Powerpole connectors on, power-leads separated then heat-shrunk together by polarity, it was time to insert the four-gang of Powerpole connectors into the 4-pole snap-in panel. The Powerpole connectors simply slide in to the 4-pole snap-in panel and are held in place by inserting a retaining pin [Picture II].

Were almost home, just a few more steps: Holding the lid at the distance I wanted it to be from the bottom of the box, I measured out the length the wire leads from the 4-pole snap-in panel to the battery posts needed to be, then cut off the excess wire. Now cut to length, I inserted both red and black sets of wire leads into a single heat-shrink tubing. I remembered to leave enough of the wire leads exposed in order for me to later attach these wire leads to the battery terminals. I then applied heat and shrunk the tubing. Once the heat-shrink tubing cooled, to minimize movement of the wiring harness I secured it to the top of the box. After striping away enough of the outer coating, I attached each set of wire leads to their respective battery terminals and attached the battery terminals to the battery posts [Picture III].

Assembled Components

Assembled Components

The above having been completed, I placed the top onto the bottom of the battery box and secured it using the last Velstrap…Done! I now had a safe, secure and ARES/RACES standard orientation compliant source of 12 Volt DC power.

Completed 12 Volt DC portable power source

Completed 12 Volt DC portable power source

It’s my hope that this article, by showing you how with readily available components and it’s quick and easy assembly, you’ll be motivated to create your own portable 12 Volt DC power source.  After all, the bottom line is this: You never know when that next event will cause the lose of power to your shack, and there’s no guarantee there’ll be commercial power available at the places you go to, or get called to. A piece of equipment like this will give you one more way to be ready to get on, and stay on the air.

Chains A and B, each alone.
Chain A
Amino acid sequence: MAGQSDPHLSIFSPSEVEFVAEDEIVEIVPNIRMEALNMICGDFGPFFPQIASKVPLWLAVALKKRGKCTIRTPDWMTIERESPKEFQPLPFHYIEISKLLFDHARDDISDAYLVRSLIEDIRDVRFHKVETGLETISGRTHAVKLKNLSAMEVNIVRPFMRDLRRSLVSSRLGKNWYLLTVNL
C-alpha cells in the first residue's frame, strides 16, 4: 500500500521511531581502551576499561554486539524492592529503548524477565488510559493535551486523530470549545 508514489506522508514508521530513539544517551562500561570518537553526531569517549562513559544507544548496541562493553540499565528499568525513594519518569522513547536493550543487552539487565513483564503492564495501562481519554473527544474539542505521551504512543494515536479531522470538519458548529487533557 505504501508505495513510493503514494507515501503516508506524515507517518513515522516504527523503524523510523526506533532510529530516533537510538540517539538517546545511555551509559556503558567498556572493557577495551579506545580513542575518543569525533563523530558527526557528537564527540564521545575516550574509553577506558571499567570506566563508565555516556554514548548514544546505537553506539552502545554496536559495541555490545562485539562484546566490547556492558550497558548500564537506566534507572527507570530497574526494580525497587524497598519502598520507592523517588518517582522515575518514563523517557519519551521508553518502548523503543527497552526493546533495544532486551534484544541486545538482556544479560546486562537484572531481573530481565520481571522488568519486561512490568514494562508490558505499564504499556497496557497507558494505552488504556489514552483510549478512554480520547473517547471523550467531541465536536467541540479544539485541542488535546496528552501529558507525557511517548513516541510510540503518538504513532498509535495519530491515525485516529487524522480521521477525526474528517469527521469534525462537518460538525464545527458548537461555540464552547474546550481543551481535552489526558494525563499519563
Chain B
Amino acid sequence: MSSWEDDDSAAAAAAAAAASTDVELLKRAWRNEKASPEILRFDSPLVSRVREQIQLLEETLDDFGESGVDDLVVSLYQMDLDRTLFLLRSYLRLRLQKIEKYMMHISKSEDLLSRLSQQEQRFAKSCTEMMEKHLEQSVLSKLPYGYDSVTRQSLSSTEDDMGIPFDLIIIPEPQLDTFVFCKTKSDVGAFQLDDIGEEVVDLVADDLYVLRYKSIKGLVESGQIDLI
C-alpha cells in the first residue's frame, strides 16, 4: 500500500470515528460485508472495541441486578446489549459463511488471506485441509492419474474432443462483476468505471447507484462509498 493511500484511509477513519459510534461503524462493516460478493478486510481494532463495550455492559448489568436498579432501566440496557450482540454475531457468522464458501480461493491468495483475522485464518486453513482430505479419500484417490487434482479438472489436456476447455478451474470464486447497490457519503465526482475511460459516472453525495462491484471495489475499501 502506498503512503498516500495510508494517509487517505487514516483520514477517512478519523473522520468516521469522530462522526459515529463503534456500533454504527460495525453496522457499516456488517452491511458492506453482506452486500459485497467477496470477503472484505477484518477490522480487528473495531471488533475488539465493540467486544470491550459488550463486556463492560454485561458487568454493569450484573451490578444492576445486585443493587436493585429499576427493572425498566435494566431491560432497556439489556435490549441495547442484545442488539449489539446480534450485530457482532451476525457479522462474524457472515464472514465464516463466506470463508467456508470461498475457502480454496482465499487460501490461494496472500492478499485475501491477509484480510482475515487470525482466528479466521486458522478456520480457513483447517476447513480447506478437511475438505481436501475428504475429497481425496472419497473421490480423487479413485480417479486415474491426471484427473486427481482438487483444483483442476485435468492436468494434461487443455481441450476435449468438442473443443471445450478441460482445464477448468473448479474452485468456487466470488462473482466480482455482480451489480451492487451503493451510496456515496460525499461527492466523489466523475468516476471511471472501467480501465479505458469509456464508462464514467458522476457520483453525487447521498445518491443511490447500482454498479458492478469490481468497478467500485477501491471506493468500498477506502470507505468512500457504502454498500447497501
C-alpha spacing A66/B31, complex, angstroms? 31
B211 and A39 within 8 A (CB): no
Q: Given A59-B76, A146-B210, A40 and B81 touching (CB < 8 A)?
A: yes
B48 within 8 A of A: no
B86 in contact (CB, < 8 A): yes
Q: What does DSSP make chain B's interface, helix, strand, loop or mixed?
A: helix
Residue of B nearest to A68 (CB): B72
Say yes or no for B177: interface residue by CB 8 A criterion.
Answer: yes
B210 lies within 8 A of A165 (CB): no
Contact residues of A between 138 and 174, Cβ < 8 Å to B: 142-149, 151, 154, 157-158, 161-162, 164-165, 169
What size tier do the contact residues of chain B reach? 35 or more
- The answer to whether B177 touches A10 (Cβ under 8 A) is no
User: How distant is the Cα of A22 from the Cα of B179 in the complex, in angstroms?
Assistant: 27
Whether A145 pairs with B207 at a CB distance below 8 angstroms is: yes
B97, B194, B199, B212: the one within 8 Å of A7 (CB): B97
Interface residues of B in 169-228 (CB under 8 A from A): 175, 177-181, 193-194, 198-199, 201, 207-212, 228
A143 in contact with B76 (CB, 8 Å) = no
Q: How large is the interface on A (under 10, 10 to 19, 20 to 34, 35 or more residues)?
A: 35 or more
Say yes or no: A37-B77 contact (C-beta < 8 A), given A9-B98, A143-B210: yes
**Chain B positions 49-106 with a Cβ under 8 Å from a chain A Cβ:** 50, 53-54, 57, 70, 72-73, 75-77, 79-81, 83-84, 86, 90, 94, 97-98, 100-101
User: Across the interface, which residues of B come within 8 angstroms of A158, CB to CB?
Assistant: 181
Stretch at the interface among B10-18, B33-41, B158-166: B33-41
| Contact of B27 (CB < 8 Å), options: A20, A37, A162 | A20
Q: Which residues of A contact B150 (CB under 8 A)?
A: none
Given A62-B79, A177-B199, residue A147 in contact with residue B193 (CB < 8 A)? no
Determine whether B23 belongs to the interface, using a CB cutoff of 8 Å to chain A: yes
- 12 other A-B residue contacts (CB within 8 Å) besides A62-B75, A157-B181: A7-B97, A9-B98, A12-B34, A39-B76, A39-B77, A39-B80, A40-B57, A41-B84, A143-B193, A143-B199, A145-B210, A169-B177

73

Rich – N1KXR

Jamboree on the Air – 2012

Jamboree on the Air logoThe Hampden County Radio Association sponsors BSA Venture Crew 510 and this Venture Crew specializes in Amateur Radio. Put Boy Scouts and Amateur Radio together and you get not only learning and fun. You get Jamboree on the Air!

Held on the third full weekend of October each year, Jamboree on the Air, or JOTA as it’s known, is the largest Scouting event in the world. In 2011 nearly 750,000 Scouts participated with over 6,000 stations in operation from 150 countries around the world.

This year the 55th Jamboree-on-the-Air is October 20–21, 2012. The official hours are from Saturday at 00:00 hours local time (right at midnight Friday) to Sunday 24:00 (midnight Sunday evening). So you’ve got the whole weekend to make JOTA contacts!

This worldwide jamboree requires no travel on your part, well, other than going to your Ham shack. Scouts from around the globe, and perhaps as close as across town, will be looking for Amateur Radio Operators just like you to make contact with. So hopefully you’ll take part in this worthwhile event and work some of these Scouts. By the way, while you enjoy a good QSO, many of  these Scouts are working on earning their Radio Merit Badge, and for some Scouts, this is their first time on the air!

For more information, please use the below links: